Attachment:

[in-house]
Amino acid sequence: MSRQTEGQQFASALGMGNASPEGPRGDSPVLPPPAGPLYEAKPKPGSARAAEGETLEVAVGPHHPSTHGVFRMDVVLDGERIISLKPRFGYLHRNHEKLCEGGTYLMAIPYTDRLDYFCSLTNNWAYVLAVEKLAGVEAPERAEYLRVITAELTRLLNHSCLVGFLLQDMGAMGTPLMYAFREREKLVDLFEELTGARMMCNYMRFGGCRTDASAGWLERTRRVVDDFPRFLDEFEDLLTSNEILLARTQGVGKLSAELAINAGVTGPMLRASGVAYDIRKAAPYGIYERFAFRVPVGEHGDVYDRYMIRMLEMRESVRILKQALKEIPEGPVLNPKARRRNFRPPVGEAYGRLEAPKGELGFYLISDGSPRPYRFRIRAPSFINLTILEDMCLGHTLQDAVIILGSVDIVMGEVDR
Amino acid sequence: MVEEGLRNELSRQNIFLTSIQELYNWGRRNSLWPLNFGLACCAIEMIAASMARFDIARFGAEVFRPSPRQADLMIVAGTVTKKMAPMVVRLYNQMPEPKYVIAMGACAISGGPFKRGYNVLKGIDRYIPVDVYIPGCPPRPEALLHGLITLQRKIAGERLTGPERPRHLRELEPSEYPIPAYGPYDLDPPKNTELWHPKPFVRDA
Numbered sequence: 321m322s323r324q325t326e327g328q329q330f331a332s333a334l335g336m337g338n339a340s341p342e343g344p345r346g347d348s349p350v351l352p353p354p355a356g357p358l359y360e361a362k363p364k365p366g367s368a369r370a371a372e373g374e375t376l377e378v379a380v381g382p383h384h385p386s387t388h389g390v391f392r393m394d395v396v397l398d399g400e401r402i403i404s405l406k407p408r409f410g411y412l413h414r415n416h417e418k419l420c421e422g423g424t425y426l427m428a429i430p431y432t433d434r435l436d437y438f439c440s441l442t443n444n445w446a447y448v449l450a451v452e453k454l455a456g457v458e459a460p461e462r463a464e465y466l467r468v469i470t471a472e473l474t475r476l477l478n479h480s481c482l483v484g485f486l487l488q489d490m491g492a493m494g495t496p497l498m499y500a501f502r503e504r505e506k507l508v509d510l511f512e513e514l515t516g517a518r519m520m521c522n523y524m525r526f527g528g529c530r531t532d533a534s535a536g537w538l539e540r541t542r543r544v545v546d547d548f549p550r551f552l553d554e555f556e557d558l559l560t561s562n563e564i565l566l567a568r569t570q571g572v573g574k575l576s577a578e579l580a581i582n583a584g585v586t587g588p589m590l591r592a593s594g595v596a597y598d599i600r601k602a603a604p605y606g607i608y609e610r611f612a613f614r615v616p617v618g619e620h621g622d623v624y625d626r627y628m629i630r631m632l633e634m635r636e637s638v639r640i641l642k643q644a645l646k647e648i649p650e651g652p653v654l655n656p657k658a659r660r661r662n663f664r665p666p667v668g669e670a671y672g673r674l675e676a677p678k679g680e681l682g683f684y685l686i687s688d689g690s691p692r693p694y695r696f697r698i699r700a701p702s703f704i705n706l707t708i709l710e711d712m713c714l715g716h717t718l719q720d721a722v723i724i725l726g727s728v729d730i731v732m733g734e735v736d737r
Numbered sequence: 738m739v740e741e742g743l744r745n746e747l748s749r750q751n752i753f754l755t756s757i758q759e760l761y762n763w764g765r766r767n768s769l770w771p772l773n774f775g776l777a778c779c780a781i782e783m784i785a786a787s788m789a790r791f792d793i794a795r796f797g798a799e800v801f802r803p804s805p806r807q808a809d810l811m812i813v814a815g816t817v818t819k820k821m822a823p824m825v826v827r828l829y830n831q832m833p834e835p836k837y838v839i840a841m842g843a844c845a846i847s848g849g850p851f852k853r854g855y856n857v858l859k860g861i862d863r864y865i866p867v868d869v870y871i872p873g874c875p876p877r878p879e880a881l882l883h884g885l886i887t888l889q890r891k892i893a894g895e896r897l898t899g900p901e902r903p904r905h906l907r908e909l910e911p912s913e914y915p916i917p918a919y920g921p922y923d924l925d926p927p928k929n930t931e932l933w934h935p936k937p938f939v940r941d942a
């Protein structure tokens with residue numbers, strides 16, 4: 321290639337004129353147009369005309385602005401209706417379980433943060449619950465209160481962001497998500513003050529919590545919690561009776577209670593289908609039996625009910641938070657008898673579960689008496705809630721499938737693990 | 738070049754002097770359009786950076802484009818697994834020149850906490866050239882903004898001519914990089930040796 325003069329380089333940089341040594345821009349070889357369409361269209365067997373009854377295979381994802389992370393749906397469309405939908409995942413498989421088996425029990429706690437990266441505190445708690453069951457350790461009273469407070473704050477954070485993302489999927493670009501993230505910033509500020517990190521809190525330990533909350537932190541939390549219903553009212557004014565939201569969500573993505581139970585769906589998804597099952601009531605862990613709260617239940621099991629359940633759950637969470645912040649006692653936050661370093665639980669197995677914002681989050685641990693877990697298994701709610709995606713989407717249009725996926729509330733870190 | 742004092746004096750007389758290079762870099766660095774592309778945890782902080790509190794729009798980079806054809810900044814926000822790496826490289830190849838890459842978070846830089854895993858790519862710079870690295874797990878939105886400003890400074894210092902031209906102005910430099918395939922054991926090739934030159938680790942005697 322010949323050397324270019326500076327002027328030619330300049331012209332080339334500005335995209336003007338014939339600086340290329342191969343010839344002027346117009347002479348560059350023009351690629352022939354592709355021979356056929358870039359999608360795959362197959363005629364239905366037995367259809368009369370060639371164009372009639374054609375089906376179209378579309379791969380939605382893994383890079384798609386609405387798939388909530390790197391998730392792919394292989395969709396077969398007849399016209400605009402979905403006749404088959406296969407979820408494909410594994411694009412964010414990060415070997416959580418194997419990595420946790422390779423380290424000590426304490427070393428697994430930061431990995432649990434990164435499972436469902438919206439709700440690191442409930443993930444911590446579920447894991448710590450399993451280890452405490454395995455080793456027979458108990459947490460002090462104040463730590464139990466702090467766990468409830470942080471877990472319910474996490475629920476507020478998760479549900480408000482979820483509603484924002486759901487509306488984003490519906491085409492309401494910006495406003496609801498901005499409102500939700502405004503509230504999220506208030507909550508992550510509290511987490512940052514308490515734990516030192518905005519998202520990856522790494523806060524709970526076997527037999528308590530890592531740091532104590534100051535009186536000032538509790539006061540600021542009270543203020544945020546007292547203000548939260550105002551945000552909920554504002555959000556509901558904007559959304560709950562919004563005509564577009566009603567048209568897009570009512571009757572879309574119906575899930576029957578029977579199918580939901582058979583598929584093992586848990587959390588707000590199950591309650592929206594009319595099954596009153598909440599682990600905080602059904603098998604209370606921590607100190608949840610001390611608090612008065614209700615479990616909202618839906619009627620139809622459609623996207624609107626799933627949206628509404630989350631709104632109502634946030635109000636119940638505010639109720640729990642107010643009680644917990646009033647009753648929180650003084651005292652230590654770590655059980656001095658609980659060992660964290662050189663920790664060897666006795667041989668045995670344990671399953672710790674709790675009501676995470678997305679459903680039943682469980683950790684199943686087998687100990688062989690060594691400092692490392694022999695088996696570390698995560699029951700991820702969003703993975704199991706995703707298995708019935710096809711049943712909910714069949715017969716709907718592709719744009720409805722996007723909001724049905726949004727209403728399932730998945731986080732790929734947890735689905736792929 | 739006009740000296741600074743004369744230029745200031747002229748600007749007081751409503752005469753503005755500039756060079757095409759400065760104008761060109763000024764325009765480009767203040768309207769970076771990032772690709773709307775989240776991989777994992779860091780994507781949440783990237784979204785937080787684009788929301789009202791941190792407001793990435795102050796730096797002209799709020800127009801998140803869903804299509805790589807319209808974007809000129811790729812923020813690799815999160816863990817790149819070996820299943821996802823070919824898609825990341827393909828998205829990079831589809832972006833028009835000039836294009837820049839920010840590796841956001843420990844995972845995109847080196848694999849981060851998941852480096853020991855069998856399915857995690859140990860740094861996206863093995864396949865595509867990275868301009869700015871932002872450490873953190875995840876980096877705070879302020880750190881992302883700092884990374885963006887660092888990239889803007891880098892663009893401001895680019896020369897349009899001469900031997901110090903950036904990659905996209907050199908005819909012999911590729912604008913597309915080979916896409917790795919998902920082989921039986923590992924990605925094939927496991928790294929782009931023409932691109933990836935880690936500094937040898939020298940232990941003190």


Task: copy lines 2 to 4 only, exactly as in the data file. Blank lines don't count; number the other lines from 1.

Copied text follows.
Amino acid sequence: MSRQTEGQQFASALGMGNASPEGPRGDSPVLPPPAGPLYEAKPKPGSARAAEGETLEVAVGPHHPSTHGVFRMDVVLDGERIISLKPRFGYLHRNHEKLCEGGTYLMAIPYTDRLDYFCSLTNNWAYVLAVEKLAGVEAPERAEYLRVITAELTRLLNHSCLVGFLLQDMGAMGTPLMYAFREREKLVDLFEELTGARMMCNYMRFGGCRTDASAGWLERTRRVVDDFPRFLDEFEDLLTSNEILLARTQGVGKLSAELAINAGVTGPMLRASGVAYDIRKAAPYGIYERFAFRVPVGEHGDVYDRYMIRMLEMRESVRILKQALKEIPEGPVLNPKARRRNFRPPVGEAYGRLEAPKGELGFYLISDGSPRPYRFRIRAPSFINLTILEDMCLGHTLQDAVIILGSVDIVMGEVDR
Amino acid sequence: MVEEGLRNELSRQNIFLTSIQELYNWGRRNSLWPLNFGLACCAIEMIAASMARFDIARFGAEVFRPSPRQADLMIVAGTVTKKMAPMVVRLYNQMPEPKYVIAMGACAISGGPFKRGYNVLKGIDRYIPVDVYIPGCPPRPEALLHGLITLQRKIAGERLTGPERPRHLRELEPSEYPIPAYGPYDLDPPKNTELWHPKPFVRDA
Numbered sequence: 321m322s323r324q325t326e327g328q329q330f331a332s333a334l335g336m337g338n339a340s341p342e343g344p345r346g347d348s349p350v351l352p353p354p355a356g357p358l359y360e361a362k363p364k365p366g367s368a369r370a371a372e373g374e375t376l377e378v379a380v381g382p383h384h385p386s387t388h389g390v391f392r393m394d395v396v397l398d399g400e401r402i403i404s405l406k407p408r409f410g411y412l413h414r415n416h417e418k419l420c421e422g423g424t425y426l427m428a429i430p431y432t433d434r435l436d437y438f439c440s441l442t443n444n445w446a447y448v449l450a451v452e453k454l455a456g457v458e459a460p461e462r463a464e465y466l467r468v469i470t471a472e473l474t475r476l477l478n479h480s481c482l483v484g485f486l487l488q489d490m491g492a493m494g495t496p497l498m499y500a501f502r503e504r505e506k507l508v509d510l511f512e513e514l515t516g517a518r519m520m521c522n523y524m525r526f527g528g529c530r531t532d533a534s535a536g537w538l539e540r541t542r543r544v545v546d547d548f549p550r551f552l553d554e555f556e557d558l559l560t561s562n563e564i565l566l567a568r569t570q571g572v573g574k575l576s577a578e579l580a581i582n583a584g585v586t587g588p589m590l591r592a593s594g595v596a597y598d599i600r601k602a603a604p605y606g607i608y609e610r611f612a613f614r615v616p617v618g619e620h621g622d623v624y625d626r627y628m629i630r631m632l633e634m635r636e637s638v639r640i641l642k643q644a645l646k647e648i649p650e651g652p653v654l655n656p657k658a659r660r661r662n663f664r665p666p667v668g669e670a671y672g673r674l675e676a677p678k679g680e681l682g683f684y685l686i687s688d689g690s691p692r693p694y695r696f697r698i699r700a701p702s703f704i705n706l707t708i709l710e711d712m713c714l715g716h717t718l719q720d721a722v723i724i725l726g727s728v729d730i731v732m733g734e735v736d737r